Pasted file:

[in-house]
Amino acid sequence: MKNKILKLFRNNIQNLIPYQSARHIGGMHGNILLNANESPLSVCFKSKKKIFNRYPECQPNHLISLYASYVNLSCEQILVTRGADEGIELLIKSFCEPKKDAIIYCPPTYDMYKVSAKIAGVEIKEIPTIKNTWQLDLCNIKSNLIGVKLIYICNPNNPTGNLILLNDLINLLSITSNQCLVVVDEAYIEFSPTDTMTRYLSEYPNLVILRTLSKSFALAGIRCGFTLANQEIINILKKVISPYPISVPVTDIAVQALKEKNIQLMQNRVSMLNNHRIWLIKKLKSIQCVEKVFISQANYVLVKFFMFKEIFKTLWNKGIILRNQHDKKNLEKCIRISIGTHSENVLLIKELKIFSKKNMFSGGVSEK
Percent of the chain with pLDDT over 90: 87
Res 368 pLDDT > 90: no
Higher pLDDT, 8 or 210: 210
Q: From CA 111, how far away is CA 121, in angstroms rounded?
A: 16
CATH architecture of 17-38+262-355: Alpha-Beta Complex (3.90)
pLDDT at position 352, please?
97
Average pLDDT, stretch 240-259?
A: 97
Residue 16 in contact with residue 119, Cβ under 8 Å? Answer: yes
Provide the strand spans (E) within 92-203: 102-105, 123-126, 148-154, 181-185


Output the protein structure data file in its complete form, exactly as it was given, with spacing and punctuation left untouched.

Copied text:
[in-house]
Amino acid sequence: MKNKILKLFRNNIQNLIPYQSARHIGGMHGNILLNANESPLSVCFKSKKKIFNRYPECQPNHLISLYASYVNLSCEQILVTRGADEGIELLIKSFCEPKKDAIIYCPPTYDMYKVSAKIAGVEIKEIPTIKNTWQLDLCNIKSNLIGVKLIYICNPNNPTGNLILLNDLINLLSITSNQCLVVVDEAYIEFSPTDTMTRYLSEYPNLVILRTLSKSFALAGIRCGFTLANQEIINILKKVISPYPISVPVTDIAVQALKEKNIQLMQNRVSMLNNHRIWLIKKLKSIQCVEKVFISQANYVLVKFFMFKEIFKTLWNKGIILRNQHDKKNLEKCIRISIGTHSENVLLIKELKIFSKKNMFSGGVSEK
Percent of the chain with pLDDT over 90: 87
Res 368 pLDDT > 90: no
Higher pLDDT, 8 or 210: 210
Q: From CA 111, how far away is CA 121, in angstroms rounded?
A: 16
CATH architecture of 17-38+262-355: Alpha-Beta Complex (3.90)
pLDDT at position 352, please?
97
Average pLDDT, stretch 240-259?
A: 97
Residue 16 in contact with residue 119, Cβ under 8 Å? Answer: yes
Provide the strand spans (E) within 92-203: 102-105, 123-126, 148-154, 181-185